Join Ken for a 4 minute tour of the 2nd floor:
Flyover video of school:
At this time the Meher Archive Collective (MAC) has a rare opportunity to purchase the old RED OAK SCHOOL building in north Buncombe County (near Asheville, NC).
I have inspected the building and the property and I believe that it has practical value for the purposes of the Meher Archive Collective (MAC). Well designed and nicely constructed in 1928 on a relatively flat and elevated six plus acres, the reinforced concrete structure is non-combustible and shows little or no sign of deterioration. The quality of the brick and mortar used then was excellent and the brick veneer still looks to be in very good condition. The building has wide and safe fire egress paths.
Originally the building was heated with a steam boiler and large cast iron radiators. This original heating system was removed some years ago while the building was owned by Buncombe County, and the asbestos insulation of that original heating system was also completely removed at that time. Asbestos abatement is a critical consideration for older buildings, so that potential great expense is relieved.
Though some of the smaller windows have not been replaced, all the large windows have been replaced with modern energy efficient vinyl frame windows ($140,000 expense). All the original maple floors in the classrooms have also been refinished.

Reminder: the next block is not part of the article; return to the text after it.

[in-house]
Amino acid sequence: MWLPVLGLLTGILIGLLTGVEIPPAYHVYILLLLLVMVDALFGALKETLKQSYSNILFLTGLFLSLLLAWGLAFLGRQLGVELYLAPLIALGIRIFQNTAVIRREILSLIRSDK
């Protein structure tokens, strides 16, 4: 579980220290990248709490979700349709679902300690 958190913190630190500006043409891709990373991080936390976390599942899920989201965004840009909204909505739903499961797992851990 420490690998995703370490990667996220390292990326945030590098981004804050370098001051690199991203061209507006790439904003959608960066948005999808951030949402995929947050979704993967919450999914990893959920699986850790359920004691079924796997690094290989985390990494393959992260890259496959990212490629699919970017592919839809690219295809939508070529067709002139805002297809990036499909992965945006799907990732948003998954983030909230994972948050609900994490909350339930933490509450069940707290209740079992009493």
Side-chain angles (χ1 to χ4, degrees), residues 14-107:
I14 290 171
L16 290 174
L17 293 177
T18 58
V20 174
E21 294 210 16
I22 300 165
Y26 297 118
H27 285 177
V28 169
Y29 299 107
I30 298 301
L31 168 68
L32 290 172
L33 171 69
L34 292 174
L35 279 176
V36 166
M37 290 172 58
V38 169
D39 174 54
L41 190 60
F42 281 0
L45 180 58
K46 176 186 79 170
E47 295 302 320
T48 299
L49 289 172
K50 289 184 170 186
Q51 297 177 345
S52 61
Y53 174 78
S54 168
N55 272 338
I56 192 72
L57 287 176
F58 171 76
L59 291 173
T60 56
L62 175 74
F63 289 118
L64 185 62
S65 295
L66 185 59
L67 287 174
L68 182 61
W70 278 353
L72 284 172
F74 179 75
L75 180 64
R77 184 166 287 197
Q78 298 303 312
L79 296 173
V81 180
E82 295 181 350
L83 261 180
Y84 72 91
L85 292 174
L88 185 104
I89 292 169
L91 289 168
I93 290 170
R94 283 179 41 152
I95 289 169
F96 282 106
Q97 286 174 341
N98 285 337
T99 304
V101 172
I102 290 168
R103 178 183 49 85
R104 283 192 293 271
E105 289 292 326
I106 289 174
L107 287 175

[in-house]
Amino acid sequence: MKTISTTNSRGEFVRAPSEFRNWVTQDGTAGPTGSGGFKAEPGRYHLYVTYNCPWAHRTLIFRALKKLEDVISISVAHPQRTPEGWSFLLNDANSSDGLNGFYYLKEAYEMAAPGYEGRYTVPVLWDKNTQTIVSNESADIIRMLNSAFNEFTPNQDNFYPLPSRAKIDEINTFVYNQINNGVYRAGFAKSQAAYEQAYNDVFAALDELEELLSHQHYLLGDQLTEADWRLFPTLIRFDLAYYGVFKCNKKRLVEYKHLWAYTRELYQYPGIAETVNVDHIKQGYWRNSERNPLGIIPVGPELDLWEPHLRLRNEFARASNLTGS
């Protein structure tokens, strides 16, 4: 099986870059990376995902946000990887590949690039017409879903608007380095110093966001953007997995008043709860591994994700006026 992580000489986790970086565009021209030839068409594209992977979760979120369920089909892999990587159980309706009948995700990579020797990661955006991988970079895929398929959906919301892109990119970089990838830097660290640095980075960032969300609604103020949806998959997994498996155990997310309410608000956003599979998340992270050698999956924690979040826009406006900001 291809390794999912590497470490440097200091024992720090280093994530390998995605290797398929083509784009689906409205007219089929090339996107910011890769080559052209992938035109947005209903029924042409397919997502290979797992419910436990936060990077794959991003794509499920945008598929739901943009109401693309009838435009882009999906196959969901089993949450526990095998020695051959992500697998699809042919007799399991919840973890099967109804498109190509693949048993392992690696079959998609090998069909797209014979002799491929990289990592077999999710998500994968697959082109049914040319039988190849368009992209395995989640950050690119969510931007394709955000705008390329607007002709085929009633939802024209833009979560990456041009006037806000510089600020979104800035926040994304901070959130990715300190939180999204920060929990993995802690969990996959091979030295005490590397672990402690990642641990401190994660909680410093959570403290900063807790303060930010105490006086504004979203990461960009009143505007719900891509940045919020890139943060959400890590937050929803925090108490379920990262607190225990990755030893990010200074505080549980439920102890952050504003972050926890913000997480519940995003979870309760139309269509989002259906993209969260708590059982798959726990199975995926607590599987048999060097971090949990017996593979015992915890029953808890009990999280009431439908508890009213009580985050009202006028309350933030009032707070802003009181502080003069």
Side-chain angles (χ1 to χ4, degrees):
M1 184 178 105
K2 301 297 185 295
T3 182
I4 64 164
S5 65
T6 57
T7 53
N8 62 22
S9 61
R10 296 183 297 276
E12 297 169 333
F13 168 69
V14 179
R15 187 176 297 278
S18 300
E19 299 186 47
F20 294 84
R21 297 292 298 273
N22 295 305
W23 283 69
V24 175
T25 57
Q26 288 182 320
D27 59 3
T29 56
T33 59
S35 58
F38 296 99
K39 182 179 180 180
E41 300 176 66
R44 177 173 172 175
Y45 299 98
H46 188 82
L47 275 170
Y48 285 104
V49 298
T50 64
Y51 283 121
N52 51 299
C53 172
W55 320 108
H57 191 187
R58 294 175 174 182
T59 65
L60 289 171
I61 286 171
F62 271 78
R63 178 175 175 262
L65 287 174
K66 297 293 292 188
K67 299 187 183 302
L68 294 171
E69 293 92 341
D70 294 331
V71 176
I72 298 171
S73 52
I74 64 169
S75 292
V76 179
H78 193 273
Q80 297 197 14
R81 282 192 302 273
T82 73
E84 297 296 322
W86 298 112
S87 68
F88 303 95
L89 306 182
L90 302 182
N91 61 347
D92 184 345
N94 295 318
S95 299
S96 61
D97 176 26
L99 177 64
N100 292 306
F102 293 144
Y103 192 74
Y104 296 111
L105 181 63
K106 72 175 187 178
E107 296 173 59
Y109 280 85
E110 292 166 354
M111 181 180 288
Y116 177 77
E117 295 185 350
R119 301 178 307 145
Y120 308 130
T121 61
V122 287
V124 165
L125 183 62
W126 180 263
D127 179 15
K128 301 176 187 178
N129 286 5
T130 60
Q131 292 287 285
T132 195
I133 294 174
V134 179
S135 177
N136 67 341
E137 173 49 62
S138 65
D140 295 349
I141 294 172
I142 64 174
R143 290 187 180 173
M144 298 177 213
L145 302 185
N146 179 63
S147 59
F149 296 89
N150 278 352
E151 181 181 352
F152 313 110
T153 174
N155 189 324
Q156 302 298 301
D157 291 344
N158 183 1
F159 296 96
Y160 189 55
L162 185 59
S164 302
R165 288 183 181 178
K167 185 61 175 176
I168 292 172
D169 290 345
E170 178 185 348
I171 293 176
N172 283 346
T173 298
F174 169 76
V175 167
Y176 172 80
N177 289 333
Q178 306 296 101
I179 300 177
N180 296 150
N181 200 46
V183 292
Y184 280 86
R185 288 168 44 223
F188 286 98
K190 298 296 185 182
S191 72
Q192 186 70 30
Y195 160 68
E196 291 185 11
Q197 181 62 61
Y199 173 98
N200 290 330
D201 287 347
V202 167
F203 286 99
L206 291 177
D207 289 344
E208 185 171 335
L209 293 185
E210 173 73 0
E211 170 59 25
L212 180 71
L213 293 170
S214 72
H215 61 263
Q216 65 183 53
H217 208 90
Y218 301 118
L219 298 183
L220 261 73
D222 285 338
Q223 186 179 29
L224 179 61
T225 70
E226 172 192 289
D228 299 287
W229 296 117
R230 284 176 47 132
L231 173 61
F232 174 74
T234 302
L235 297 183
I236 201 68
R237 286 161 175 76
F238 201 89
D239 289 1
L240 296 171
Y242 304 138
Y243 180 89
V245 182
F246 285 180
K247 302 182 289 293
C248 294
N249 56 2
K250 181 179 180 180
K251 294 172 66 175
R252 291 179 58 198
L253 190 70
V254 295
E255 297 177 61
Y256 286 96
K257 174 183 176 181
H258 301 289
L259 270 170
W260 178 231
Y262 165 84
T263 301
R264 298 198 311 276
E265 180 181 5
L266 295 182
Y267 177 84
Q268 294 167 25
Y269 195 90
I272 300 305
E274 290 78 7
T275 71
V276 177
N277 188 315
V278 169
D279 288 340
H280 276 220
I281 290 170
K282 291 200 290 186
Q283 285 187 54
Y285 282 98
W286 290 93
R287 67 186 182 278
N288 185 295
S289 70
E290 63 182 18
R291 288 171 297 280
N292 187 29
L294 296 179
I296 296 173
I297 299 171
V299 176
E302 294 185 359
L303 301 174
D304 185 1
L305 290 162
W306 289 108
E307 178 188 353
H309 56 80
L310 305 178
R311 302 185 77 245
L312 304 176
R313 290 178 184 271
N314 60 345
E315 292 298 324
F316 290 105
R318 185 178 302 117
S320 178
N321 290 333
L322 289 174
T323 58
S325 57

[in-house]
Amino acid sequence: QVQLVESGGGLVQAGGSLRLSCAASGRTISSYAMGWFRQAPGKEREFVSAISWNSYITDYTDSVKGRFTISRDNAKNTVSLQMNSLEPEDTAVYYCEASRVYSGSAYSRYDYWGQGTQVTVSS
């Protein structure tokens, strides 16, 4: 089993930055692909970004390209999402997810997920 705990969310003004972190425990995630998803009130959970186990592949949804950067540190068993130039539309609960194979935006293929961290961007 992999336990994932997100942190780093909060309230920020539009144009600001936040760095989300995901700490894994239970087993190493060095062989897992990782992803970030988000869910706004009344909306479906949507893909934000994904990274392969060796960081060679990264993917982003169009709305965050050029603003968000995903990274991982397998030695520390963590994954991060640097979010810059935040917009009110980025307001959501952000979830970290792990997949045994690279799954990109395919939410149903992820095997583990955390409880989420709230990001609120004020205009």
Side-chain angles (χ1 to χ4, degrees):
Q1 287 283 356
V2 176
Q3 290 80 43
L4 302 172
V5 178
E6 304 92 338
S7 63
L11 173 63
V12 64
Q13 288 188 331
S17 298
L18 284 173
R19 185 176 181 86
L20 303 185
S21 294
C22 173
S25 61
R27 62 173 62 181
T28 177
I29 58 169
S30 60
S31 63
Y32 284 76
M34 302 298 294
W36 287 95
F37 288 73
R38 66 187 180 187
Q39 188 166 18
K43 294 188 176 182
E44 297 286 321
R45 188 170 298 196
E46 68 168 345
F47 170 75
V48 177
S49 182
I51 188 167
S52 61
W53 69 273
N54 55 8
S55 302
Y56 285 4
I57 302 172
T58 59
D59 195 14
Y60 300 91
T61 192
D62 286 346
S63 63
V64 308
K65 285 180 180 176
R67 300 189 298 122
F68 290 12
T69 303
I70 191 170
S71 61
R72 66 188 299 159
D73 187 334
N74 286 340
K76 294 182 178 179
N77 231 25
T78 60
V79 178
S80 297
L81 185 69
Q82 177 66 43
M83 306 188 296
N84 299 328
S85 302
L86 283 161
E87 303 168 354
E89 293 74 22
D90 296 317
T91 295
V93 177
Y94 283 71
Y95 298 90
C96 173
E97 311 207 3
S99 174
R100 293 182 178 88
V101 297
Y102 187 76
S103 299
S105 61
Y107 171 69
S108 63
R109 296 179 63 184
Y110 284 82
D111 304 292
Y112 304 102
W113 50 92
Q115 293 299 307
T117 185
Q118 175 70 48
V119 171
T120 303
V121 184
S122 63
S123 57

The property includes a small house that could serve as a residence for a caretaker.
The property has its own independent water well with a newer pump and a septic system that was designed for the school capacity, much more than what will be a typical demand by MAC. This eliminates a monthly municipal water and sewage expense.
Necessary improvements to the building will include infrastructure (plumbing, electrical, and HVAC), some framing, insulation, and wall surfacing, and the installation of fire doors at specific points to bring the building up to modern code.
Plumbing: Though the existing plumbing systems are functional, the rest room layout needs to be more spacious (to accommodate at least ADA stall in each), and the original pipe should now be replaced since it is 90 years old. Of course, all new work will be done in compliance with stringent modern codes.